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MOF&G Cover Winter 2003-2004

  

  You are here:  PublicationsMaine Organic Farmer & GardenerWinter 2003/2004New Studies   
 On the Technical Side … Interesting New Studies Minimize

By Eric Sideman, Ph.D.

In the fall I attended the 100th anniversary, annual meeting of the American Society for Horticultural Sciences in Providence, Rhode Island. The ASHS has a good mix of members representing university researchers, Extension educators and industry who study all aspects of crop production. The reports covered very basic plant science to practical aspects of farming. The small sample below gives you an idea of some of the work that ASHS does. These ASHS reports often relate to very new studies, so they frequently raise issues for more thought and trials, rather imparting firm recommendations.

Reducing Weeds by Mulching with Clay
(Fumionmi Takeda et al., USDA-ARS, Kearneysville, W.V.)

In this experiment, researchers transplanted container-grown blackberry plants into square openings cut in a woven fabric weed barrier on raised beds. Four treatments were compared: 1) a layer of M96-018 kaolin (Engelhard Corp., which is the company that makes Surround); 2) herbicide; 3) pulling weeds by hand; and 4) a control with no weed management. The weed species were documented and percent of ground covered by the weeds was measured. As you would expect, the control treatment had 100% weed cover by the end of July. The hand weeded treatment had 27% cover, while plots treated with herbicide or kaolin had less than 3% cover. Seeds may germinate but do not seem to be able to grow through the clay mulch.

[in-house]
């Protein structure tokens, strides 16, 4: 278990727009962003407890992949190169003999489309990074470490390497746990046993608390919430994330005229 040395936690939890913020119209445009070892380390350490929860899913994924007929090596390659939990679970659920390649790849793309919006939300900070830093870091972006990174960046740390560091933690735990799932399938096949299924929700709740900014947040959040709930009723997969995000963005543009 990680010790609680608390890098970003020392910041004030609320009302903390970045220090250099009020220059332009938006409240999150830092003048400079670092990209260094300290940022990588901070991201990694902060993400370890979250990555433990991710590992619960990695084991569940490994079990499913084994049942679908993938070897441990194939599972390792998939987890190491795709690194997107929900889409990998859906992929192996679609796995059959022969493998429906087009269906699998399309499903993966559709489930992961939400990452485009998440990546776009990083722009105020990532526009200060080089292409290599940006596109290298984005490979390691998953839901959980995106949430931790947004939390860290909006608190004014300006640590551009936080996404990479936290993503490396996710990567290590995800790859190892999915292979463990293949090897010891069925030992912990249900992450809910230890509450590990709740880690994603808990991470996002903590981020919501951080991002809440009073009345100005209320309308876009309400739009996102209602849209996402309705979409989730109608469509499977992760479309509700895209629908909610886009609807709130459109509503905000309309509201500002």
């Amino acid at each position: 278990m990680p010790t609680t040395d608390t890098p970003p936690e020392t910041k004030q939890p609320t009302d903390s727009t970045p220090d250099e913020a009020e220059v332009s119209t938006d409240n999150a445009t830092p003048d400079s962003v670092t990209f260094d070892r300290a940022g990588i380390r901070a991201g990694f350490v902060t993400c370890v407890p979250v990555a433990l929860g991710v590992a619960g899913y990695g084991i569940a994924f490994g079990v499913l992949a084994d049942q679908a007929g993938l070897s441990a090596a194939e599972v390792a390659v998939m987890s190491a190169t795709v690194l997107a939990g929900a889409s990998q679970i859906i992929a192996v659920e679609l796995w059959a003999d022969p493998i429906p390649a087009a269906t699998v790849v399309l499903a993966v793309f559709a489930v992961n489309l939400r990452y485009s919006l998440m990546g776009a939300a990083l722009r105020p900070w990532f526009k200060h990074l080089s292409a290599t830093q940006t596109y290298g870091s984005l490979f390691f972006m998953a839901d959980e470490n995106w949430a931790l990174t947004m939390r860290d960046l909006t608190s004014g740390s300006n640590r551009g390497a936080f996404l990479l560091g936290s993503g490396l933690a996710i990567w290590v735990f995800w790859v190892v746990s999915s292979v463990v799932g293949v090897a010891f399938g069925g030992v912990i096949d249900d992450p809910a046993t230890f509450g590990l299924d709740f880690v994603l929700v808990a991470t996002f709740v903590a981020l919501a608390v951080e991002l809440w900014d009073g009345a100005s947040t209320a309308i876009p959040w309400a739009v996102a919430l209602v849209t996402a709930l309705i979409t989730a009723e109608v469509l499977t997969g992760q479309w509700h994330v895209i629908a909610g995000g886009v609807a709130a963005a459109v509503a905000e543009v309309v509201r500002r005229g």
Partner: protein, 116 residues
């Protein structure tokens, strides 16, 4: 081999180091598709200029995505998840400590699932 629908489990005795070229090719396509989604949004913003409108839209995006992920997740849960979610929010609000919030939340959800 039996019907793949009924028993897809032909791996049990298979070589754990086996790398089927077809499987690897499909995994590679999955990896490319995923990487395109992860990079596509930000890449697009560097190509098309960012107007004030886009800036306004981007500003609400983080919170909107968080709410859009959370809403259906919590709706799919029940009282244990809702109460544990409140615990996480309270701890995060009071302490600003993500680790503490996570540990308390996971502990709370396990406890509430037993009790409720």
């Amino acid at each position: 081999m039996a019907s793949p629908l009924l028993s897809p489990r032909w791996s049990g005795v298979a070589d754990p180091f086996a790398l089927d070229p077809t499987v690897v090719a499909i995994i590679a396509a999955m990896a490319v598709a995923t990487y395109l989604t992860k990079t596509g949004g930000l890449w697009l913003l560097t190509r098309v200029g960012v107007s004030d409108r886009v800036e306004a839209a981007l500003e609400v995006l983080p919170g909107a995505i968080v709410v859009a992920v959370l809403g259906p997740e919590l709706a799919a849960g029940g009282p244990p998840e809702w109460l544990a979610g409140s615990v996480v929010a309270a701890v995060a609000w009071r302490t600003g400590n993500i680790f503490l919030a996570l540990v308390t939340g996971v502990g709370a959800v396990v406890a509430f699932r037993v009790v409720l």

Mixtures of Cover Crops Enhance Weed Suppression Effect
(McGiffen, U. Cal. Riverside)

Sudangrass and cowpeas are warm weather cover crops with different growth habits. Cowpea is a broadleaf legume that can spread to shade the soil surface, while sudangrass rapidly grows a tall, dense canopy. Mixtures of cover crops have commonly been used to optimize the benefits associated with each species. The mix of sudangrass and cowpea may yield more soil-enriching carbon and nitrogen than monocultures of either species and may also suppress weeds better.

Soybean Meal May Have Phytotoxic Potential When Used as a Nitrogen Source
(Melissa Pline and Jeanine Davis, N.C. State)

Soybean meal, which is sold most commonly as a livestock feed, is also used as a source of nitrogen in organic crop production. It has about 7% nitrogen that is relatively quickly available to crops. The meal is a waste product from soybean oil production. This experiment studied bell pepper production using plastic mulch and soybean meal. Amending the soil with soybean meal just before transplanting significantly limited the early growth of the plants. In addition, greenhouse studies showed that when soybean meal was sprinkled on the surface of germination media, the percent germination of small seeded vegetables (spinach, lettuce, carrot and radish) was reduced. These studies suggest waiting perhaps a week between applying soybean meal and planting, or thoroughly incorporating the meal rather than applying it on the surface.

Surround is Not Good for Control of All Pests
(Kathleen Delate et al., Iowa State)

Three strategies for managing squash bugs in winter squash production were tested: row covers; interplanting with buckwheat; and Surround kaolin clay. Row covers achieved the best control, while intercropping with buckwheat or spraying with kaolin clay had little effect.

Eric is MOFGA’s director of technical services. You can contact him at the MOFGA office or at esideman@mofga.org with your questions about organic farming and gardening.

    

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